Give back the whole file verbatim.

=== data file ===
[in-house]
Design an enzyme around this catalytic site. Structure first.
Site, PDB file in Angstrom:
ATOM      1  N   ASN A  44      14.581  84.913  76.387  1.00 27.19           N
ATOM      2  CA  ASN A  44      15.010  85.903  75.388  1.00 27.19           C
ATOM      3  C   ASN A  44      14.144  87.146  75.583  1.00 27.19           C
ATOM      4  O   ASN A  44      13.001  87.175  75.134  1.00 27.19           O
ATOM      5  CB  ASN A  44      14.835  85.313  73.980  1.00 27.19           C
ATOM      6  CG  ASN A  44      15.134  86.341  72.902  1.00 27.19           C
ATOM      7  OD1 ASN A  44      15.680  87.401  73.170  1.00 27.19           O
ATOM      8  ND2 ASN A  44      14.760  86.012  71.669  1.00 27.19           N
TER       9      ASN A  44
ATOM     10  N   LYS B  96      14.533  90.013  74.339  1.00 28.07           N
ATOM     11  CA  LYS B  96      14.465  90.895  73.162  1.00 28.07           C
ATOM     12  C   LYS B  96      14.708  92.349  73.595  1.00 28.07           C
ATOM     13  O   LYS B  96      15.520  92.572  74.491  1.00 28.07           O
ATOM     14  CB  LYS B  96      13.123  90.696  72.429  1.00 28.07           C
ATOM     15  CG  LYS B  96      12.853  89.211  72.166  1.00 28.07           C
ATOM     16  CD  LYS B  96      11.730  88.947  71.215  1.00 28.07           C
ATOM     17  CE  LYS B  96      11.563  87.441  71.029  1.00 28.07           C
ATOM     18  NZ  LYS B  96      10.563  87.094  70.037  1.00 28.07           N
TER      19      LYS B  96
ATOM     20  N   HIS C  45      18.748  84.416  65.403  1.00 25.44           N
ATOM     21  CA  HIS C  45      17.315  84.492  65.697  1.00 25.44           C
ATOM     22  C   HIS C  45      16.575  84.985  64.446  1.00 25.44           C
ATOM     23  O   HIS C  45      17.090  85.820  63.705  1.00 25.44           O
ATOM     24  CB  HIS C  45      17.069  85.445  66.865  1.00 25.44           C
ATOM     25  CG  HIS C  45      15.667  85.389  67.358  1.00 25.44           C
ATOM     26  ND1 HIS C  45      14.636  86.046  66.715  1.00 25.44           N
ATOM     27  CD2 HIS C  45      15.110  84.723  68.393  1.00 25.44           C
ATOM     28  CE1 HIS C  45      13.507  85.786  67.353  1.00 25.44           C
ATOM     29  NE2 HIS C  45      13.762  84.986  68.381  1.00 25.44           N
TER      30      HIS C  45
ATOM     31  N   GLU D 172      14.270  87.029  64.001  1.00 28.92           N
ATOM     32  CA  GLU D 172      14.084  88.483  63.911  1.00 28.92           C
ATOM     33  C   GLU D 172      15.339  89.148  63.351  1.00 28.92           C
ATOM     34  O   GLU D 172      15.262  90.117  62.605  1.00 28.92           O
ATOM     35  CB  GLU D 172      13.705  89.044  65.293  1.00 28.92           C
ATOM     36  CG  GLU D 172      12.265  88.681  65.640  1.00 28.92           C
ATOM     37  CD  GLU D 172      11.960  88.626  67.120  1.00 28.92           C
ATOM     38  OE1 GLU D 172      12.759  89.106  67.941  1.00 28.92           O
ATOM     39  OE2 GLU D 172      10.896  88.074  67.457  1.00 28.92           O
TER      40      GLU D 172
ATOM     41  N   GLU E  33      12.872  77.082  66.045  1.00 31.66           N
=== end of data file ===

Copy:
[in-house]
Design an enzyme around this catalytic site. Structure first.
Site, PDB file in Angstrom:
ATOM      1  N   ASN A  44      14.581  84.913  76.387  1.00 27.19           N
ATOM      2  CA  ASN A  44      15.010  85.903  75.388  1.00 27.19           C
ATOM      3  C   ASN A  44      14.144  87.146  75.583  1.00 27.19           C
ATOM      4  O   ASN A  44      13.001  87.175  75.134  1.00 27.19           O
ATOM      5  CB  ASN A  44      14.835  85.313  73.980  1.00 27.19           C
ATOM      6  CG  ASN A  44      15.134  86.341  72.902  1.00 27.19           C
ATOM      7  OD1 ASN A  44      15.680  87.401  73.170  1.00 27.19           O
ATOM      8  ND2 ASN A  44      14.760  86.012  71.669  1.00 27.19           N
TER       9      ASN A  44
ATOM     10  N   LYS B  96      14.533  90.013  74.339  1.00 28.07           N
ATOM     11  CA  LYS B  96      14.465  90.895  73.162  1.00 28.07           C
ATOM     12  C   LYS B  96      14.708  92.349  73.595  1.00 28.07           C
ATOM     13  O   LYS B  96      15.520  92.572  74.491  1.00 28.07           O
ATOM     14  CB  LYS B  96      13.123  90.696  72.429  1.00 28.07           C
ATOM     15  CG  LYS B  96      12.853  89.211  72.166  1.00 28.07           C
ATOM     16  CD  LYS B  96      11.730  88.947  71.215  1.00 28.07           C
ATOM     17  CE  LYS B  96      11.563  87.441  71.029  1.00 28.07           C
ATOM     18  NZ  LYS B  96      10.563  87.094  70.037  1.00 28.07           N
TER      19      LYS B  96
ATOM     20  N   HIS C  45      18.748  84.416  65.403  1.00 25.44           N
ATOM     21  CA  HIS C  45      17.315  84.492  65.697  1.00 25.44           C
ATOM     22  C   HIS C  45      16.575  84.985  64.446  1.00 25.44           C
ATOM     23  O   HIS C  45      17.090  85.820  63.705  1.00 25.44           O
ATOM     24  CB  HIS C  45      17.069  85.445  66.865  1.00 25.44           C
ATOM     25  CG  HIS C  45      15.667  85.389  67.358  1.00 25.44           C
ATOM     26  ND1 HIS C  45      14.636  86.046  66.715  1.00 25.44           N
ATOM     27  CD2 HIS C  45      15.110  84.723  68.393  1.00 25.44           C
ATOM     28  CE1 HIS C  45      13.507  85.786  67.353  1.00 25.44           C
ATOM     29  NE2 HIS C  45      13.762  84.986  68.381  1.00 25.44           N
TER      30      HIS C  45
ATOM     31  N   GLU D 172      14.270  87.029  64.001  1.00 28.92           N
ATOM     32  CA  GLU D 172      14.084  88.483  63.911  1.00 28.92           C
ATOM     33  C   GLU D 172      15.339  89.148  63.351  1.00 28.92           C
ATOM     34  O   GLU D 172      15.262  90.117  62.605  1.00 28.92           O
ATOM     35  CB  GLU D 172      13.705  89.044  65.293  1.00 28.92           C
ATOM     36  CG  GLU D 172      12.265  88.681  65.640  1.00 28.92           C
ATOM     37  CD  GLU D 172      11.960  88.626  67.120  1.00 28.92           C
ATOM     38  OE1 GLU D 172      12.759  89.106  67.941  1.00 28.92           O
ATOM     39  OE2 GLU D 172      10.896  88.074  67.457  1.00 28.92           O
TER      40      GLU D 172
ATOM     41  N   GLU E  33      12.872  77.082  66.045  1.00 31.66           N